Concommitant EGFR and ALK - 1294656

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Concommitant EGFR and ALK - 1294656

I was diagnosed with adenocarcinoma NSCLC in March 2015. Lung biopsy showed EGFR 19 mutation. In May 2015, I began 150 mg Tarceva. In July 2016, I began to progress. In November 2016, lung biopsy showed T790M and I entered a clinical trial program combining Tagrisso (80 mg) with necitumimab. In April, 2017, I stopped taking the neci due to side effects. I continued on Tagrisso. In October 2017, I began to progress on Tagrisso. A subsequent biopsy showed that, in addition to EGFR, I now have ALK rearrangement. Yes, I have concomitant EGFR and ALK.

I continued taking Tagrisso and added Crizotinib, 200 mg 2x per day. A CT in December 2017 showed a small reduction in tumor size, but in April 2018, I began to progress. Since all the progression thus far was in the primary tumor in my upper left lobe, I had 5 rounds of SBRT targeting the primary tumor. A recent CT scan showed that although the primary tumor was reduced in size, other small tumors (less than a centimeter) were now appearing in my lower left lobe. My PDL is zero. My oncologist has recommended a combination of carboplatin, pemetrexed and pembrolizimab.

I would like to obtain a second opinion. I'm not sure whether to seek a second opinion from an oncologist who specializes in EGFR or ALK. Any thoughts would be appreciated.

Thank you.

Hi fs450,

Hi fs450,

Welcome to GRACE. So far you have had success with targeted therapy and my view is that it is too soon to give up on ALK inhibitors because you are not at the end of the line with them.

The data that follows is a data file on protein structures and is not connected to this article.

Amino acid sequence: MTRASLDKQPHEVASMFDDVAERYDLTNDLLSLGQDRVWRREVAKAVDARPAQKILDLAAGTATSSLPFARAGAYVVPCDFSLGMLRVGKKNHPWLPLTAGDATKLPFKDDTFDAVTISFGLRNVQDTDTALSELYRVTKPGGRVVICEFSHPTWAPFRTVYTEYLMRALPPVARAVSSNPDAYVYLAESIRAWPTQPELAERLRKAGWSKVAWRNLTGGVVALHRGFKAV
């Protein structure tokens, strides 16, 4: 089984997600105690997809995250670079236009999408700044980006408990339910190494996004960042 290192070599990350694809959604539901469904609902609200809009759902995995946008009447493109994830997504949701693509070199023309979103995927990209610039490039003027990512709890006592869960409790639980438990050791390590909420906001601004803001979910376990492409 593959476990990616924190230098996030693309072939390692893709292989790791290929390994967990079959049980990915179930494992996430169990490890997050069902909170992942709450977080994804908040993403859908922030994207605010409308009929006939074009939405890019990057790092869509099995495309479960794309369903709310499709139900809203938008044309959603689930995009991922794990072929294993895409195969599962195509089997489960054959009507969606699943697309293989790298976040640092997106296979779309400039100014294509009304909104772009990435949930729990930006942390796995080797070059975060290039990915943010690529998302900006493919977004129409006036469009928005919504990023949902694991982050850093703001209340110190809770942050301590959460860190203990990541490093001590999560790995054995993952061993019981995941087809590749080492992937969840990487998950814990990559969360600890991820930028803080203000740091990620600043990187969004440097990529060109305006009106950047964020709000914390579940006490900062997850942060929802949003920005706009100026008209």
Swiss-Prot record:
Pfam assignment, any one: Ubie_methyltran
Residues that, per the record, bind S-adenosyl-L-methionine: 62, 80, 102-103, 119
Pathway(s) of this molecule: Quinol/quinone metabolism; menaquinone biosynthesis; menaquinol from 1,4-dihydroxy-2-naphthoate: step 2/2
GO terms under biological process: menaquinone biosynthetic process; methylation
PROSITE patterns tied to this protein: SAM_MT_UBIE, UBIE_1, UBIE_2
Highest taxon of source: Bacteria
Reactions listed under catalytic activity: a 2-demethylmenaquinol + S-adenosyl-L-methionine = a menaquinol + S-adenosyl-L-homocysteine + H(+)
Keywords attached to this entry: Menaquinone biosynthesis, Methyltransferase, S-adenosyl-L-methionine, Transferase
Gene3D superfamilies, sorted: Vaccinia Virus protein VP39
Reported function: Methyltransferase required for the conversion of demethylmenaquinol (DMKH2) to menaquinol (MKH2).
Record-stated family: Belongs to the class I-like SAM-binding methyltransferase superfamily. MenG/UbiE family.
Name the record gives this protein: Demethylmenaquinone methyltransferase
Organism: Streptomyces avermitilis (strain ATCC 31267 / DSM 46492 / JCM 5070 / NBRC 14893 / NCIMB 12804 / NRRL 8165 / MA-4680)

There are a lot of new developments in ALK treatment. Four drugs are mentioned in

Pfizer files third-gen ALK inhibitor for lung cancer

If I were in your position I would aim for a second opinion with an ALK specialist. The alternative proposed by your oncologist is a valid option and what I would go next, but in my view it is too soon to give up on ALK inhibitors.

Is there any possibility you can get a Foundation 1 or Guardant360 test done too? This would be something I would ask the specialist about.

I found this quote in the article particularly interesting:

"Pfizer notes that lorlatinib has shown activity in almost all known clinically acquired ALK mutations and has also been reported to re-sensitise tumours to Xalkori"

Hi fs450,

Hi fs450,

Welcome to Grace. I'm so sorry about your diagnosis. First of all as I'm sure you've recognized having 2 targetable mutations is a rarity so there's no data on how best to treat leaving oncologists to use their best judgement. I agree with onthemark that a look into this by an ALK researcher is an excellent idea. There are recent very good results coming from trials using new ALK inhibitors you've not tried such as the recently approved alectinib (Alecensa). Chemo is also a good choice but data suggests using the most effective treatment first gives the best overall survival rates.
This link discusses recent alk research results.

Please keep us posted and best of luck.